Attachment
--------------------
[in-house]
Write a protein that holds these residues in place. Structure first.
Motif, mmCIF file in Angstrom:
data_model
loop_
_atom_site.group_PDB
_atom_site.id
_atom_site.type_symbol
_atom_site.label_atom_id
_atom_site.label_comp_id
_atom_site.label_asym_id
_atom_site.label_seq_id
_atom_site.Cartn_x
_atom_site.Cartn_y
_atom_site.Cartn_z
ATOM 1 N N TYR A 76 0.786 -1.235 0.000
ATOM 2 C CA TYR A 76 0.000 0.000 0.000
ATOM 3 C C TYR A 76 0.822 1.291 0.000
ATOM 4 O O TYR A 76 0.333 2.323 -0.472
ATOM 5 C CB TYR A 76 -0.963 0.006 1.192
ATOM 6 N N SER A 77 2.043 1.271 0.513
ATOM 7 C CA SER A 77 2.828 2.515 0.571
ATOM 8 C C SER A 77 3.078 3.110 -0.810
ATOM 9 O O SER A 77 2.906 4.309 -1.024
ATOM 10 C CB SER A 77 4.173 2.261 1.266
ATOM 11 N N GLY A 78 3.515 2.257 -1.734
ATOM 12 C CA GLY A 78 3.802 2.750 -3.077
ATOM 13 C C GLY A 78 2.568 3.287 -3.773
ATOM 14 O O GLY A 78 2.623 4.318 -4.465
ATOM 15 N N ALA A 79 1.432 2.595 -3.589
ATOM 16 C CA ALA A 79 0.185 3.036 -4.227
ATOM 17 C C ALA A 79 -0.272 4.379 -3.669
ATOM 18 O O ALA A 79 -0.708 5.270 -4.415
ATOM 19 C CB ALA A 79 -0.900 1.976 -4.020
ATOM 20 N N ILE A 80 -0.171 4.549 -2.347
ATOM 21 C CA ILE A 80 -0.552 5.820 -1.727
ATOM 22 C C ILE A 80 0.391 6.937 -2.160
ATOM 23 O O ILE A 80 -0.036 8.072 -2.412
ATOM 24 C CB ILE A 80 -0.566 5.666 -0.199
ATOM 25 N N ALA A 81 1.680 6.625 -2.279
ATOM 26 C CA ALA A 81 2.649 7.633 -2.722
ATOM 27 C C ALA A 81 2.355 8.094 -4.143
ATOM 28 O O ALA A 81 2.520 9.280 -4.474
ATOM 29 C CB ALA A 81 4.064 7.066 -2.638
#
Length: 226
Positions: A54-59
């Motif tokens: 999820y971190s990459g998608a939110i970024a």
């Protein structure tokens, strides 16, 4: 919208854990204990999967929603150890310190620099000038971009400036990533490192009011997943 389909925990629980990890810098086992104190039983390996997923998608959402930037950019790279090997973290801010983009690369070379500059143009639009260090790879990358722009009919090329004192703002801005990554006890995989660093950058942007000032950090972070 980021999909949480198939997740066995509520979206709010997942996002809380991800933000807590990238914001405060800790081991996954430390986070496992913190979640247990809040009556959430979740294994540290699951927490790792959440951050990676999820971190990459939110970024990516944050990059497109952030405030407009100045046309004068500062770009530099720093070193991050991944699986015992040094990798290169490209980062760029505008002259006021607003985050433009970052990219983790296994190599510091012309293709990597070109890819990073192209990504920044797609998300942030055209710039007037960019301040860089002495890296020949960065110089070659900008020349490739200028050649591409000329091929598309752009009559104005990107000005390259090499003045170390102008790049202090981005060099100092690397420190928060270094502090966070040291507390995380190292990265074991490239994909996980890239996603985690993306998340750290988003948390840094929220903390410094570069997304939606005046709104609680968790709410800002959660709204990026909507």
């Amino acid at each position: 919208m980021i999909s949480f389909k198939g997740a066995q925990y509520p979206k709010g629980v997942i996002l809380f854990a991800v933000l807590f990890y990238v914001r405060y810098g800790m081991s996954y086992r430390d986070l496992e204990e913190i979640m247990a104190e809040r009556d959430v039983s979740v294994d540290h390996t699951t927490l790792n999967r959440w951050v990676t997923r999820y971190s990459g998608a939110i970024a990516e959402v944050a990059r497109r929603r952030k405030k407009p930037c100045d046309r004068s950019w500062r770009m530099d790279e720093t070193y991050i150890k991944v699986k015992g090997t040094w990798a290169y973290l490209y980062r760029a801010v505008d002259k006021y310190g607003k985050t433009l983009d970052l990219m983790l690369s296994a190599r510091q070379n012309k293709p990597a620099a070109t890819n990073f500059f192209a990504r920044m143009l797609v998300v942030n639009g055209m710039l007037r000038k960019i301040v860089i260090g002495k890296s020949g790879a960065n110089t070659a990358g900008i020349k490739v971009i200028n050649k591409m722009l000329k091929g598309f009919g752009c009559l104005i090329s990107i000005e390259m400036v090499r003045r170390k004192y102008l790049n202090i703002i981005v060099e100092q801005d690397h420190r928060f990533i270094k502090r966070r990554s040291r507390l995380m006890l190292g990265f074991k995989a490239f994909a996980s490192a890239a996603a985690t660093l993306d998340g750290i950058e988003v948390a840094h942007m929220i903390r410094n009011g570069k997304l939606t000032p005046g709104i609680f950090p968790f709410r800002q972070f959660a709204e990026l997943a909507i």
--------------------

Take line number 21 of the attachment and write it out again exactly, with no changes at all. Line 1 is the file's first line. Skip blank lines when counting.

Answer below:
ATOM 6 N N SER A 77 2.043 1.271 0.513